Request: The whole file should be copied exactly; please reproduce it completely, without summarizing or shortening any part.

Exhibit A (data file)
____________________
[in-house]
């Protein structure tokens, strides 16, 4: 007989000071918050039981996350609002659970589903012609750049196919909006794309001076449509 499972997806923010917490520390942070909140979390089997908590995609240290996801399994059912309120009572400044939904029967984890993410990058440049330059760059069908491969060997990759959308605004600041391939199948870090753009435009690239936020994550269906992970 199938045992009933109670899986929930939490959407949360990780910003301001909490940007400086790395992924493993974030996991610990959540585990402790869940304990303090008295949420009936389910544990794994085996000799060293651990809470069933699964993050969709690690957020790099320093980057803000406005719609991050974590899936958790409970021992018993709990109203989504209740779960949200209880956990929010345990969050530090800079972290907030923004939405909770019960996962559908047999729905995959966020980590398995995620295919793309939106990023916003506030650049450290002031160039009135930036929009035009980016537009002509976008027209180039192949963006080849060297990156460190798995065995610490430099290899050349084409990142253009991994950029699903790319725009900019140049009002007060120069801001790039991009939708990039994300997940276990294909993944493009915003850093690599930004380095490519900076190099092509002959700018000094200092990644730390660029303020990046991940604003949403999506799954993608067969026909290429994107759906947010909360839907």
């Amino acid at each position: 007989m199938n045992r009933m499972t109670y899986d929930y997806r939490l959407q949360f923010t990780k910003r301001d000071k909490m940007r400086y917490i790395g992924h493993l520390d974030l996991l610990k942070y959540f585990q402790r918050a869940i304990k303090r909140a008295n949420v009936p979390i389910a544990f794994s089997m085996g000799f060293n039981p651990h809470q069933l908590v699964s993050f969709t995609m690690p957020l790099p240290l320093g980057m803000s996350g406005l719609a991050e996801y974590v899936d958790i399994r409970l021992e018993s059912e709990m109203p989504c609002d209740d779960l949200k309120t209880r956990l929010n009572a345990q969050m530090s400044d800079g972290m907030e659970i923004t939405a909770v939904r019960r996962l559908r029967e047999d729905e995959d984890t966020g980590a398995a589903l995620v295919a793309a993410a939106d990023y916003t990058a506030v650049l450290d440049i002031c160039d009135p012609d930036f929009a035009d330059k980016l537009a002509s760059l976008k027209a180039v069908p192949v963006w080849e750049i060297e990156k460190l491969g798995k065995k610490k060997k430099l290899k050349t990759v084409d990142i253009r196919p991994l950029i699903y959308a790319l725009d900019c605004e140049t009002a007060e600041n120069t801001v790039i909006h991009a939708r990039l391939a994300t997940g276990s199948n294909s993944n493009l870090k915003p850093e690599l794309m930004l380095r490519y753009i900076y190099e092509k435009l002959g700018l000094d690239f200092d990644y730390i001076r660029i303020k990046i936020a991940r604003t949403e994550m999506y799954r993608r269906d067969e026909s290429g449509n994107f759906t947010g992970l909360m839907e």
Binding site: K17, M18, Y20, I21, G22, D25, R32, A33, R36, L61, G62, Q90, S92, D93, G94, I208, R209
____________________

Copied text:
[in-house]
């Protein structure tokens, strides 16, 4: 007989000071918050039981996350609002659970589903012609750049196919909006794309001076449509 499972997806923010917490520390942070909140979390089997908590995609240290996801399994059912309120009572400044939904029967984890993410990058440049330059760059069908491969060997990759959308605004600041391939199948870090753009435009690239936020994550269906992970 199938045992009933109670899986929930939490959407949360990780910003301001909490940007400086790395992924493993974030996991610990959540585990402790869940304990303090008295949420009936389910544990794994085996000799060293651990809470069933699964993050969709690690957020790099320093980057803000406005719609991050974590899936958790409970021992018993709990109203989504209740779960949200209880956990929010345990969050530090800079972290907030923004939405909770019960996962559908047999729905995959966020980590398995995620295919793309939106990023916003506030650049450290002031160039009135930036929009035009980016537009002509976008027209180039192949963006080849060297990156460190798995065995610490430099290899050349084409990142253009991994950029699903790319725009900019140049009002007060120069801001790039991009939708990039994300997940276990294909993944493009915003850093690599930004380095490519900076190099092509002959700018000094200092990644730390660029303020990046991940604003949403999506799954993608067969026909290429994107759906947010909360839907």
């Amino acid at each position: 007989m199938n045992r009933m499972t109670y899986d929930y997806r939490l959407q949360f923010t990780k910003r301001d000071k909490m940007r400086y917490i790395g992924h493993l520390d974030l996991l610990k942070y959540f585990q402790r918050a869940i304990k303090r909140a008295n949420v009936p979390i389910a544990f794994s089997m085996g000799f060293n039981p651990h809470q069933l908590v699964s993050f969709t995609m690690p957020l790099p240290l320093g980057m803000s996350g406005l719609a991050e996801y974590v899936d958790i399994r409970l021992e018993s059912e709990m109203p989504c609002d209740d779960l949200k309120t209880r956990l929010n009572a345990q969050m530090s400044d800079g972290m907030e659970i923004t939405a909770v939904r019960r996962l559908r029967e047999d729905e995959d984890t966020g980590a398995a589903l995620v295919a793309a993410a939106d990023y916003t990058a506030v650049l450290d440049i002031c160039d009135p012609d930036f929009a035009d330059k980016l537009a002509s760059l976008k027209a180039v069908p192949v963006w080849e750049i060297e990156k460190l491969g798995k065995k610490k060997k430099l290899k050349t990759v084409d990142i253009r196919p991994l950029i699903y959308a790319l725009d900019c605004e140049t009002a007060e600041n120069t801001v790039i909006h991009a939708r990039l391939a994300t997940g276990s199948n294909s993944n493009l870090k915003p850093e690599l794309m930004l380095r490519y753009i900076y190099e092509k435009l002959g700018l000094d690239f200092d990644y730390i001076r660029i303020k990046i936020a991940r604003t949403e994550m999506y799954r993608r269906d067969e026909s290429g449509n994107f759906t947010g992970l909360m839907e």
Binding site: K17, M18, Y20, I21, G22, D25, R32, A33, R36, L61, G62, Q90, S92, D93, G94, I208, R209